June 2 releases of fantasy/sci fi for kids and teens

Here are the books that were released yesterday, taken from Teens Read Too, with help from Amazon and Booklist.

The 39 Clues: Beyond the Grave, by Jude Watson. "A Clue found in Book 3 sends Amy and Dan jetting off to find out just what's behind the fierce rivalry between the Tomas and Ekaterina branches of the Cahill family. Was a Clue stolen from the Tomas branch? Where is it now? And most important, can Amy and Dan get their hands on it before their rivals do? It's a wild race that will take Amy and Dan deep into the bowels of the earth . . . and right into the hands of the enemy."

The Dragons of Ordinary Farm, Tad Williams & Deborah Beale. From Booklist, quoted on Amazon: "...two siblings [are] shunted off to spend a summer with an odd, distant relative who is up to all manner of mysterious goings-on but flies off the handle when the kids naturally get a little curious. Tyler and Lucinda discover that their great-uncle Gideon is raising dragons, griffins, unicorns, and stablefuls of other mythical beasties." Time travel and alternate reality adventures await the two children....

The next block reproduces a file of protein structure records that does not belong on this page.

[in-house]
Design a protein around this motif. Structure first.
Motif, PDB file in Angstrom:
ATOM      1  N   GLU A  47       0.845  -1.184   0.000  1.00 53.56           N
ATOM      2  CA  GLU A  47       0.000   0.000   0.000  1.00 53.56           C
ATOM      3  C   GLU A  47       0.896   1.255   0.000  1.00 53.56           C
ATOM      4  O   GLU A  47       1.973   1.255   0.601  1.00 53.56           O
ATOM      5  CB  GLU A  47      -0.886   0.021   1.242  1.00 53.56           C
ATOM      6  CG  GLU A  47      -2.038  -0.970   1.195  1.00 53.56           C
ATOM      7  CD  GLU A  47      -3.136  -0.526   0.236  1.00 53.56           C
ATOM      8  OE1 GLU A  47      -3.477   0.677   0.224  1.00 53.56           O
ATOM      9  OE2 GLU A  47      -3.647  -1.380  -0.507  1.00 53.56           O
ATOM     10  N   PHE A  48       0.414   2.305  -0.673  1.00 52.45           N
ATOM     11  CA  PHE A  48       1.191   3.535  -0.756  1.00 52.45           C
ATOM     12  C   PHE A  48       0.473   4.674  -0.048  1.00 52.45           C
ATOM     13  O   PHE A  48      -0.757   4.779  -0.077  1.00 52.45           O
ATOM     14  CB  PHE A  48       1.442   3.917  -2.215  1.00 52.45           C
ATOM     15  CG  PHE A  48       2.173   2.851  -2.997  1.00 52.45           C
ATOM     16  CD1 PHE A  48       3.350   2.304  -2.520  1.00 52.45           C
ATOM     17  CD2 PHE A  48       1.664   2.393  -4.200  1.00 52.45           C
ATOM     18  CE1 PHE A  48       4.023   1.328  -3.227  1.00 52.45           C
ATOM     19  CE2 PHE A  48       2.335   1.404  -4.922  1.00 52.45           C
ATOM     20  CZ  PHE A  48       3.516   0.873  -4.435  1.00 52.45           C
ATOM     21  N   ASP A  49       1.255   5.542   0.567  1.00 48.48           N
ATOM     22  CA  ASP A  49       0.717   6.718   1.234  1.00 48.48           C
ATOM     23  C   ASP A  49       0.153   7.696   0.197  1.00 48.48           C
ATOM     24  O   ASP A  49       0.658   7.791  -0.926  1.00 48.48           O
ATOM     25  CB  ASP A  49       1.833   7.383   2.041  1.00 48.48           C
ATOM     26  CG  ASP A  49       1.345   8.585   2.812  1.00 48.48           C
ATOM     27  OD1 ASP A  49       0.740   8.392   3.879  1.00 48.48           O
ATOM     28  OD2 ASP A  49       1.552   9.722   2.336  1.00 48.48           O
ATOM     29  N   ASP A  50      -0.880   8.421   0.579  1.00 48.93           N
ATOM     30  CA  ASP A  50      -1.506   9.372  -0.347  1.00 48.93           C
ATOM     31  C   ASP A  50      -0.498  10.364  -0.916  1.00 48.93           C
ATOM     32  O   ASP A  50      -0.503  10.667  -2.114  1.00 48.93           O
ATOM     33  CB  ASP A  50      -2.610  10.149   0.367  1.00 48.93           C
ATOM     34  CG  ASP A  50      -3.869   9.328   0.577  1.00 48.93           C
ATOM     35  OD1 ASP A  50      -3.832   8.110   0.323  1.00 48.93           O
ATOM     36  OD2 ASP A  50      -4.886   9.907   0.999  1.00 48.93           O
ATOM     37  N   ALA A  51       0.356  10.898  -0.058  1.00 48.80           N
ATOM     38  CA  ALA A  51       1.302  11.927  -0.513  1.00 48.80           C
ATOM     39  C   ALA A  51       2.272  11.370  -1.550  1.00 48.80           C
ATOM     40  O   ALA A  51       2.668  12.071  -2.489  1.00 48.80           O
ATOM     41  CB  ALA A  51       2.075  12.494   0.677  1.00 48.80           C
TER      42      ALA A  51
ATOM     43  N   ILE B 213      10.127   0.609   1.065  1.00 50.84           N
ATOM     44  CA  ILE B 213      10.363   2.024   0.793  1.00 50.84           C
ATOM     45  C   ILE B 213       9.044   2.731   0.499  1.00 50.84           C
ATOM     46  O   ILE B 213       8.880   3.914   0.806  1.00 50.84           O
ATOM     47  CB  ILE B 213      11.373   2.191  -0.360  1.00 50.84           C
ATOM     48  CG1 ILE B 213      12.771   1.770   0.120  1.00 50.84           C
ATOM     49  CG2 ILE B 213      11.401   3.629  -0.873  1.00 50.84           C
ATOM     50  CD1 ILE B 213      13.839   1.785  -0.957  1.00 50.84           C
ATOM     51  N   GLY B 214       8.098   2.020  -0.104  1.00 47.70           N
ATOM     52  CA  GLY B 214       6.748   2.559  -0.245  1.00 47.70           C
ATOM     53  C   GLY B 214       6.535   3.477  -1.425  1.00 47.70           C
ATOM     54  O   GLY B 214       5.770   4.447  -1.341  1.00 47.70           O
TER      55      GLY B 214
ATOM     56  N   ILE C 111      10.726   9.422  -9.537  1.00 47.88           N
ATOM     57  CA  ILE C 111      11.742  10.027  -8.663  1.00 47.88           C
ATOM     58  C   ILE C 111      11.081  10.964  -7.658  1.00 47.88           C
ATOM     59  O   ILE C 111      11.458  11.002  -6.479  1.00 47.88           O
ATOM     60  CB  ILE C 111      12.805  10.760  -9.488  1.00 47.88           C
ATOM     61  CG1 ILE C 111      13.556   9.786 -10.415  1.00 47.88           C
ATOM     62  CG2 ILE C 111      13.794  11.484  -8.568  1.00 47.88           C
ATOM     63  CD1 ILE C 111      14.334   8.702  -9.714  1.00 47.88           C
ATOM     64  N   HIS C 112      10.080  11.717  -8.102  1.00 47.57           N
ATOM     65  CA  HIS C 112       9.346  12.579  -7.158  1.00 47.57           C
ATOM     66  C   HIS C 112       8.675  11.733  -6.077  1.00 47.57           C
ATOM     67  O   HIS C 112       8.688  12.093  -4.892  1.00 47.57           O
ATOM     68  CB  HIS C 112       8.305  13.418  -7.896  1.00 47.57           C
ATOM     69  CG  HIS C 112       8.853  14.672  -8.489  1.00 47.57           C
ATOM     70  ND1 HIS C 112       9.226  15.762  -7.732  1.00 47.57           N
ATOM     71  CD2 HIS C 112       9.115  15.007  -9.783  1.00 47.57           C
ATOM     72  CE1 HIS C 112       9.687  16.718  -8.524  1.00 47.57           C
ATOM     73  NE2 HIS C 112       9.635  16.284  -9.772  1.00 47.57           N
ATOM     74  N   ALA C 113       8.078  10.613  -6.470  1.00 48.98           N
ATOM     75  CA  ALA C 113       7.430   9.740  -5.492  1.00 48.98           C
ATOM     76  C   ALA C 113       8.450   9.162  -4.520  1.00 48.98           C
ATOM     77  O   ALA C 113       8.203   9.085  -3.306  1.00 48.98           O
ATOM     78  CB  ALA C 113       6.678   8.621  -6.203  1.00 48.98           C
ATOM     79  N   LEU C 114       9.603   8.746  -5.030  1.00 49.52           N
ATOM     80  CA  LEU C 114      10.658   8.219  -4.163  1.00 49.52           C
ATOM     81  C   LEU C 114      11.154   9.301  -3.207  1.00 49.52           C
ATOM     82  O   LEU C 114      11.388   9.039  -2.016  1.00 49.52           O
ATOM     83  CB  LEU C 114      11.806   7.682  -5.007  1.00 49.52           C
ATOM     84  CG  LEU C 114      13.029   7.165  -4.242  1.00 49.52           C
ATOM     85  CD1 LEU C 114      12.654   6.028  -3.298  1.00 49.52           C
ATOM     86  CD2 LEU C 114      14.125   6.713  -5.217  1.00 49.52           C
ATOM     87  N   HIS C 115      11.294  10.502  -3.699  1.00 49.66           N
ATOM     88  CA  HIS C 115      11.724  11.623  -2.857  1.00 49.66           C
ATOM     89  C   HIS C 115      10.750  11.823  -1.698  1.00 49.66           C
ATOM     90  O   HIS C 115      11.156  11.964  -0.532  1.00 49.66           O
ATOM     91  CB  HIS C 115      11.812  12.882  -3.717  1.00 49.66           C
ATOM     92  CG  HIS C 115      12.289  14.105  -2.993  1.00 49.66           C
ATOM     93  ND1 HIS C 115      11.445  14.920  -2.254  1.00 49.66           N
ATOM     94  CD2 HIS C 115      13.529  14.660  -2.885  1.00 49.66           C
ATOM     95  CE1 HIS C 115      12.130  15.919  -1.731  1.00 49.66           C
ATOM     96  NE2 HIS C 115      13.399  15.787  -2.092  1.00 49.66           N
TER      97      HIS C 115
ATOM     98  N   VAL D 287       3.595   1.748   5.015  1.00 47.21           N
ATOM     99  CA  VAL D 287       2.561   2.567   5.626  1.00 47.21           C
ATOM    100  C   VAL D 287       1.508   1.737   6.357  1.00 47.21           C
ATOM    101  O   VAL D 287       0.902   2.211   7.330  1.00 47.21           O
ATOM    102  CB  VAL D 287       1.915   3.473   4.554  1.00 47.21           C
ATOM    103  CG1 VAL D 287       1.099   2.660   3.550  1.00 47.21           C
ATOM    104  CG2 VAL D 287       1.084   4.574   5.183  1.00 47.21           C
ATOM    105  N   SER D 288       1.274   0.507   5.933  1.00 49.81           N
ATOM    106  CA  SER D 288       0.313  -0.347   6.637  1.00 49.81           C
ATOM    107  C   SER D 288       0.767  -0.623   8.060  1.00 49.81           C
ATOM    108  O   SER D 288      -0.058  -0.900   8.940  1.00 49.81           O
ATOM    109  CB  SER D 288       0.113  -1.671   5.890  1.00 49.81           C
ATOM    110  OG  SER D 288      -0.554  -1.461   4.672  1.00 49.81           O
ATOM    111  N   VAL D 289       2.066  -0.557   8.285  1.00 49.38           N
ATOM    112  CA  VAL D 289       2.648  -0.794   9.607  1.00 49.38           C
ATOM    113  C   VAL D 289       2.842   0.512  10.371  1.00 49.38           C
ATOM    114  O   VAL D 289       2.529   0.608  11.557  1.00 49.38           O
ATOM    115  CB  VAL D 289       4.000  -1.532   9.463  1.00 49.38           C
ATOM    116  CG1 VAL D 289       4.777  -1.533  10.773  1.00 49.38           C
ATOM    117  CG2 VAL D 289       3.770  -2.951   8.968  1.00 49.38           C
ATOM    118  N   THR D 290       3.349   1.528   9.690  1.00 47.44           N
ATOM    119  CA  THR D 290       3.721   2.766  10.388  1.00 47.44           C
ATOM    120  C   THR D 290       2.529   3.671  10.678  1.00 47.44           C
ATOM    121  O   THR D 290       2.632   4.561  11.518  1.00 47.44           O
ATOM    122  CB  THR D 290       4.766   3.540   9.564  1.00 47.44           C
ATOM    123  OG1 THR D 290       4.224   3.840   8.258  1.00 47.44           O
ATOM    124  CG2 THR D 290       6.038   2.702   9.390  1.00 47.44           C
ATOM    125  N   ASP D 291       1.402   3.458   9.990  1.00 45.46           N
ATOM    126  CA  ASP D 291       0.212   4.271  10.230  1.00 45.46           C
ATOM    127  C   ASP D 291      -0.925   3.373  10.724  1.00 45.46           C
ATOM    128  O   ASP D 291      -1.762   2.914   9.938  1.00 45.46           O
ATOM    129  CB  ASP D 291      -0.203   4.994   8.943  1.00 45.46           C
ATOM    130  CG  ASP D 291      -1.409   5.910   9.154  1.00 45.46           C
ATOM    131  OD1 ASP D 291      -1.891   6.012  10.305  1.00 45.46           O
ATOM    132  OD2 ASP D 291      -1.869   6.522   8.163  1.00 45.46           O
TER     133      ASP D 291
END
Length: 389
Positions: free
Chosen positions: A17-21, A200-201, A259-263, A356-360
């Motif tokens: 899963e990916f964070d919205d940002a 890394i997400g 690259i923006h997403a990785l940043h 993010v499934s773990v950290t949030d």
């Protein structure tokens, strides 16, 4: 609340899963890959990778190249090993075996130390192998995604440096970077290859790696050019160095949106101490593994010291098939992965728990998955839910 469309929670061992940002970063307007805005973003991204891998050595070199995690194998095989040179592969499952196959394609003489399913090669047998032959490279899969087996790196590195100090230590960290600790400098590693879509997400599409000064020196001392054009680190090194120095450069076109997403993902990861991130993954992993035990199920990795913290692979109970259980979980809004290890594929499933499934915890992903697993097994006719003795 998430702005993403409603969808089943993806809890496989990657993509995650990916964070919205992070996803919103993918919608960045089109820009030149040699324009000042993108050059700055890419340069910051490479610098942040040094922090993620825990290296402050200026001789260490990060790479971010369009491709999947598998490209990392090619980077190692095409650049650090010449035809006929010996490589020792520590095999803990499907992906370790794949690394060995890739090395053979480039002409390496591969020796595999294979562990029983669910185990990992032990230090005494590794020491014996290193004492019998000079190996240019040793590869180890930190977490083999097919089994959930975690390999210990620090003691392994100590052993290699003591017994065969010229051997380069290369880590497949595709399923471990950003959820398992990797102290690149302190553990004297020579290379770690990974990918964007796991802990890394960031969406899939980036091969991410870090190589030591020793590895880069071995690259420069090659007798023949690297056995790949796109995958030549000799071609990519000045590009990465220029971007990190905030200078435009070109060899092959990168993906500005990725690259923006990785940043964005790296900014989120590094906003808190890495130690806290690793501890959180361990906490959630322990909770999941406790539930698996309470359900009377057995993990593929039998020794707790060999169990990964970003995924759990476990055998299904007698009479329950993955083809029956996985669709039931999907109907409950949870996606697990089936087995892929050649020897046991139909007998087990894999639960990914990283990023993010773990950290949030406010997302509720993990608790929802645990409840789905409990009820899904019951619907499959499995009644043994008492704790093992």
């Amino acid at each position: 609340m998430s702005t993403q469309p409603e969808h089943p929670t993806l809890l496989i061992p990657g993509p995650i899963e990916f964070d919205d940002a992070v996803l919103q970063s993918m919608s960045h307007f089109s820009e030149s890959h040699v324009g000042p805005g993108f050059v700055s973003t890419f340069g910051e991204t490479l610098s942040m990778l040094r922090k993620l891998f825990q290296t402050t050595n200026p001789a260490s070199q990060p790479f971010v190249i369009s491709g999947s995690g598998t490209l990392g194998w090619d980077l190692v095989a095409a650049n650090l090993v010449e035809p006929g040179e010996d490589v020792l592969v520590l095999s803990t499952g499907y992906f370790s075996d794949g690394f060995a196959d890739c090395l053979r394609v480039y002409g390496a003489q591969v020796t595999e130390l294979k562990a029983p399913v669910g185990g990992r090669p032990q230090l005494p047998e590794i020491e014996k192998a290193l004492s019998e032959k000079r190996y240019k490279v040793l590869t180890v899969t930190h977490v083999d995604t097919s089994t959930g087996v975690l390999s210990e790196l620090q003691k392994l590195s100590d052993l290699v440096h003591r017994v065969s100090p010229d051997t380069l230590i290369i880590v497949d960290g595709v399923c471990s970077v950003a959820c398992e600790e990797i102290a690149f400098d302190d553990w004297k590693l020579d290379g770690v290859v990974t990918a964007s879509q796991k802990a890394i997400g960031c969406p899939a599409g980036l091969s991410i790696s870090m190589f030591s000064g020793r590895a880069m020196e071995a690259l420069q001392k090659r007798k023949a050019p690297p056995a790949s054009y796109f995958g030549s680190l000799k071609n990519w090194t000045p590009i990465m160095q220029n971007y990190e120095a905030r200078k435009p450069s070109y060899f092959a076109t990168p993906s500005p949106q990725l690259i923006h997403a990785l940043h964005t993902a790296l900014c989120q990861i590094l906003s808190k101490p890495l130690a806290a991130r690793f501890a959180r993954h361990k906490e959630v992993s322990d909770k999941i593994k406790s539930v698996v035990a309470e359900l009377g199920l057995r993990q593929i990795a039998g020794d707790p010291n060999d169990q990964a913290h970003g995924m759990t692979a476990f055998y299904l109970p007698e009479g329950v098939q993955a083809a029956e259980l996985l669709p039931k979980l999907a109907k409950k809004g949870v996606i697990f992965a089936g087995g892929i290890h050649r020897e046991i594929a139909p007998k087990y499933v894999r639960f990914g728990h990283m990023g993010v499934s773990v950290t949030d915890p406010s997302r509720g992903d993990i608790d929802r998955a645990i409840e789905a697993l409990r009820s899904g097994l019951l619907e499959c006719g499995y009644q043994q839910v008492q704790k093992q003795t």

Return of the Homework Machine, by Dan Gutman. From Booklist: From the Homework Machine series, this volume picks up the story with the same four main characters. Now sixth-graders, they discover that the creepy villain from the previous volume is searching for the mysterious computer chip that powered the homework machine.

Oath Breaker: Chronicles of Ancient Darkness #5: Oath Breaker, by Michelle Paver, illustrated by Geoff Taylor. "When he was outcast, Torak was the hunted one. Nine moons later he becomes the hunter, when he vows to avenge the killing of one of his closest friends. Racked by guilt and grief, he follows the killer into the Deep Forest, where the World Spirit stalks the hidden valleys as a tall man with the antlers of a stag. But there is a rottenness at the heart of the Forest, for its clans have succumbed to the lies of the Soul-Eaters. Here Torak must face fire, war, and overwhelming evil"


Carpe Corpus (Morganville Vampires, Book 6), by Rachel Caine. "In the small college town of Morganville, vampires and humans lived in (relative) peace—until all the rules got rewritten when the evil vampire Bishop arrived, looking for the lost book of vampire secrets. He’s kept a death grip on the town ever since. Now an underground resistance is brewing, and in order to contain it, Bishop must go to even greater lengths. He vows to obliterate the town and all its inhabitants—the living and the undead. Claire Danvers and her friends are the only ones who stand in his way. But even if they defeat Bishop, will the vampires ever be content to go back to the old rules, after having such a taste of power?"